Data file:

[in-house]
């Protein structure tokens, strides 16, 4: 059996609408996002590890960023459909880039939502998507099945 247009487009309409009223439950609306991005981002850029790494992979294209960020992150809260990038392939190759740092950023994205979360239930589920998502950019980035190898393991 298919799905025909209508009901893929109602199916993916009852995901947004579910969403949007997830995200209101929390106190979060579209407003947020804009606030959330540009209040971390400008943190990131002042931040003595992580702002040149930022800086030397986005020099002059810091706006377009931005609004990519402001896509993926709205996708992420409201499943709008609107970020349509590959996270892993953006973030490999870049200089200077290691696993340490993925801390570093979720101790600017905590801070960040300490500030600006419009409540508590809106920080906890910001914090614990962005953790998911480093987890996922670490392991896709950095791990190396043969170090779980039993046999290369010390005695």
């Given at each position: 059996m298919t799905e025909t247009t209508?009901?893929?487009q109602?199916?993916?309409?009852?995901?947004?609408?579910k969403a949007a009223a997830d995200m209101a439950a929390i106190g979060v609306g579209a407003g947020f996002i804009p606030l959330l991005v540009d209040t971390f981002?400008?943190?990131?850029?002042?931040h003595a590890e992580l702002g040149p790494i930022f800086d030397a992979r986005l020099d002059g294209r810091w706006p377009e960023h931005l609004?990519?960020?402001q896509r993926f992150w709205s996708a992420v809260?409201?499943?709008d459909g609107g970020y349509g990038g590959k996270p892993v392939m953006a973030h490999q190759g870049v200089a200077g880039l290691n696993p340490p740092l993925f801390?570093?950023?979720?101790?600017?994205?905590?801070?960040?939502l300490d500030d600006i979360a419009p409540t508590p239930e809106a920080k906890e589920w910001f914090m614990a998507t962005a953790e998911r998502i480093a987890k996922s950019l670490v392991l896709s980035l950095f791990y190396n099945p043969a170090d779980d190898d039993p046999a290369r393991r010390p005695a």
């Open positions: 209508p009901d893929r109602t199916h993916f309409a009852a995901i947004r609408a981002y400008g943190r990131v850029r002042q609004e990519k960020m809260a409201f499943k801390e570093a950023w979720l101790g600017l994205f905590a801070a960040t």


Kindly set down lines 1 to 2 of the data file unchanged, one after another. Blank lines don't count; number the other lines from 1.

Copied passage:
[in-house]
């Protein structure tokens, strides 16, 4: 059996609408996002590890960023459909880039939502998507099945 247009487009309409009223439950609306991005981002850029790494992979294209960020992150809260990038392939190759740092950023994205979360239930589920998502950019980035190898393991 298919799905025909209508009901893929109602199916993916009852995901947004579910969403949007997830995200209101929390106190979060579209407003947020804009606030959330540009209040971390400008943190990131002042931040003595992580702002040149930022800086030397986005020099002059810091706006377009931005609004990519402001896509993926709205996708992420409201499943709008609107970020349509590959996270892993953006973030490999870049200089200077290691696993340490993925801390570093979720101790600017905590801070960040300490500030600006419009409540508590809106920080906890910001914090614990962005953790998911480093987890996922670490392991896709950095791990190396043969170090779980039993046999290369010390005695």